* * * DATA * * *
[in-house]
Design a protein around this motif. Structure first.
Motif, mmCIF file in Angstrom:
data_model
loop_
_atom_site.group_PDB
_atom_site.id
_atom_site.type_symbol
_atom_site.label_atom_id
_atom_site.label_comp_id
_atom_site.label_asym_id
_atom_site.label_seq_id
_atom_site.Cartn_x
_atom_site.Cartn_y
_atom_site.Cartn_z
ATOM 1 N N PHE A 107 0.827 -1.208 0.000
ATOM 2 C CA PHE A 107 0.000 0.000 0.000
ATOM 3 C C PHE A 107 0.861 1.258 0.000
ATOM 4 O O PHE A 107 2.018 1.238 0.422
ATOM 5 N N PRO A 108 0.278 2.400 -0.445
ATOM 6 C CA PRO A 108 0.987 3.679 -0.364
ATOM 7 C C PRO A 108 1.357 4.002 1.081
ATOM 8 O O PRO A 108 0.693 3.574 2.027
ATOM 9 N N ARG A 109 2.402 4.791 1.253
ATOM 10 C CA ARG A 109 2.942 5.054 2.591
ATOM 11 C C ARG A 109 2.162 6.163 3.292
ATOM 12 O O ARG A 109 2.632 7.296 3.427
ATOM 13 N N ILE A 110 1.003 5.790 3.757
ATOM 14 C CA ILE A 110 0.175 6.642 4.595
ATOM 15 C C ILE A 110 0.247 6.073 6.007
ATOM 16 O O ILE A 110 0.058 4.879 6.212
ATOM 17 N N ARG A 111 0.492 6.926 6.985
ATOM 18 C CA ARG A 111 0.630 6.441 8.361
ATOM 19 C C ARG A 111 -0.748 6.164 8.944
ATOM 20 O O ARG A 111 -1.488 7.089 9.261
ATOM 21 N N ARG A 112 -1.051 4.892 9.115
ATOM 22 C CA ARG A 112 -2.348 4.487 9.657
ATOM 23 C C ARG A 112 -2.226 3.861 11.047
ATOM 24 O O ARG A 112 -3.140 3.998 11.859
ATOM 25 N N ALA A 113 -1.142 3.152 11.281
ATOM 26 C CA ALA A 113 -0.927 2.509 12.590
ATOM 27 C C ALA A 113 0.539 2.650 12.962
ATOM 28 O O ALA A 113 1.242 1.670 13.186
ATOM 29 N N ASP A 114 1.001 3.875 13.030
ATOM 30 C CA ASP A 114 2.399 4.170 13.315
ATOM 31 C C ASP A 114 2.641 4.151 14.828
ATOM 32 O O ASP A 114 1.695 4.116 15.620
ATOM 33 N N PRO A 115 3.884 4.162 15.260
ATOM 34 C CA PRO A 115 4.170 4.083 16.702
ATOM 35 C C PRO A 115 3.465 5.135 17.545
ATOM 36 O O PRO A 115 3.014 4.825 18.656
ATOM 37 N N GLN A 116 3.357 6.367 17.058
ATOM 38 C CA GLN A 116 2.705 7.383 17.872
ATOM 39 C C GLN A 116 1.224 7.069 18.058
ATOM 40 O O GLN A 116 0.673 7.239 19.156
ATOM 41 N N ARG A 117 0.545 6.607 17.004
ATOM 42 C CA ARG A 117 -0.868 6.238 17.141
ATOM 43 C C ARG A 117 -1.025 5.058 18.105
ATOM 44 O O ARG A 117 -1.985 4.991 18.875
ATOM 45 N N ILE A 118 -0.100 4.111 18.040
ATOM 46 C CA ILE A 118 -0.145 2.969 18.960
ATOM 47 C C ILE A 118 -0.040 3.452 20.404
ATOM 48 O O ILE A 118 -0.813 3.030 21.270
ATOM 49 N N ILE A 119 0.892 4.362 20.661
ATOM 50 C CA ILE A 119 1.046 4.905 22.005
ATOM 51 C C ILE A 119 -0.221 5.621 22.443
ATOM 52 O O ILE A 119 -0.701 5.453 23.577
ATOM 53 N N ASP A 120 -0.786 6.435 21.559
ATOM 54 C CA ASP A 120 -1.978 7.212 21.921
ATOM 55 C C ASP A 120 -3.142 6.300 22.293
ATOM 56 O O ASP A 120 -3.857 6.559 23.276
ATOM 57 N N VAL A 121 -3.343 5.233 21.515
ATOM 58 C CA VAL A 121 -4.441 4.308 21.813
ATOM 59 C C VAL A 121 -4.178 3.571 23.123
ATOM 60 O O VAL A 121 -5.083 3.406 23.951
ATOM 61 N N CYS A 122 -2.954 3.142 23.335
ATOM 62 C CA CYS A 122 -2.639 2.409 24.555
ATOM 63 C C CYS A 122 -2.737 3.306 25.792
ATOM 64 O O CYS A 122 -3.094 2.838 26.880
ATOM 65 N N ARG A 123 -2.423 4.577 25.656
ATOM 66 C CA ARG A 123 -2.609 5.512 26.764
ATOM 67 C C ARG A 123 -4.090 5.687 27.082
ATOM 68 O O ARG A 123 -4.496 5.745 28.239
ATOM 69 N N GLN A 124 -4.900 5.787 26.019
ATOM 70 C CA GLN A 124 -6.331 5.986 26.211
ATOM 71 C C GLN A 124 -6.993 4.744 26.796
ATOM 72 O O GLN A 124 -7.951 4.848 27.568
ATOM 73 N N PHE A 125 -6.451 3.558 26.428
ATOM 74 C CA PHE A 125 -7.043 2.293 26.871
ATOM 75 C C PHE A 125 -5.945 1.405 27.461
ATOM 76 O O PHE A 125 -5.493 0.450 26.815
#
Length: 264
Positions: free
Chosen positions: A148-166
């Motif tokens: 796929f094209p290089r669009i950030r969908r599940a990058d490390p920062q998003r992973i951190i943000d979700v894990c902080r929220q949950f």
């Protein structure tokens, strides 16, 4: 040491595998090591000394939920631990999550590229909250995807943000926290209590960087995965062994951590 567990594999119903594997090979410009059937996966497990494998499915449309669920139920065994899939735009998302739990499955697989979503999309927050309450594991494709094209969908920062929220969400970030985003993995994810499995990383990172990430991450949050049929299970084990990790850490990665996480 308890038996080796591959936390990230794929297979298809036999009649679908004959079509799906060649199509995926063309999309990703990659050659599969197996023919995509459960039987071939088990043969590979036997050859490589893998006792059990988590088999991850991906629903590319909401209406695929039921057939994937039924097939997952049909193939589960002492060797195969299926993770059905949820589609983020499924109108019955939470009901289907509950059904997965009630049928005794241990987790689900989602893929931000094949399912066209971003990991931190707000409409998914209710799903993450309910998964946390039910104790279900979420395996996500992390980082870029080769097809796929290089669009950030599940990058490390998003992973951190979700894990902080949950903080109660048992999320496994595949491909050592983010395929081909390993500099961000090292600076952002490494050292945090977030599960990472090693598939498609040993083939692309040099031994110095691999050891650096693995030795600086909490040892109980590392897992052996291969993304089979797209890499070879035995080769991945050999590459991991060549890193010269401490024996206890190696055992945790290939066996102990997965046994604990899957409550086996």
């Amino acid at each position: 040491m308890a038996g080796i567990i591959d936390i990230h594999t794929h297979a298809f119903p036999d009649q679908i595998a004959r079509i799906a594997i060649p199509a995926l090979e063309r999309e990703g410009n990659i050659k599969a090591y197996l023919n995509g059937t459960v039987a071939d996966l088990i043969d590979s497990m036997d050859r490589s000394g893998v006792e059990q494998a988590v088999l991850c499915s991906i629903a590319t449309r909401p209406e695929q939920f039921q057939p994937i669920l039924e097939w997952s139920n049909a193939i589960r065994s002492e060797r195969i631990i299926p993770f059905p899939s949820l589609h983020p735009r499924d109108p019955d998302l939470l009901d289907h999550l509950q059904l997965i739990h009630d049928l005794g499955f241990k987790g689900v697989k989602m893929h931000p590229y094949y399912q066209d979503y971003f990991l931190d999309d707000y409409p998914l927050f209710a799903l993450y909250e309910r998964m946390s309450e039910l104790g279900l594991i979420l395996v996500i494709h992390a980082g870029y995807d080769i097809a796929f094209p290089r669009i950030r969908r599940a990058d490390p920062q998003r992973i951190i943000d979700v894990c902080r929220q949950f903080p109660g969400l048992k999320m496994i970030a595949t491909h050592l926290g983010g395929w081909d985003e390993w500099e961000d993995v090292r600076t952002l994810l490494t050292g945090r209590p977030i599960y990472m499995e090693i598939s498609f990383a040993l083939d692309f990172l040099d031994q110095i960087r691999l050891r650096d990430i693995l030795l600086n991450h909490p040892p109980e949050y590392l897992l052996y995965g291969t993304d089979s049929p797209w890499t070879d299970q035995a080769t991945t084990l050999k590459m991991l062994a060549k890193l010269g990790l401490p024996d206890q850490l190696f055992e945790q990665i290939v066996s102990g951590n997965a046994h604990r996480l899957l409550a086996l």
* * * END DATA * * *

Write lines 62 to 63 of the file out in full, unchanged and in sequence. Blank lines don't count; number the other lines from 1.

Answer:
ATOM 47 C C ILE A 118 -0.040 3.452 20.404
ATOM 48 O O ILE A 118 -0.813 3.030 21.270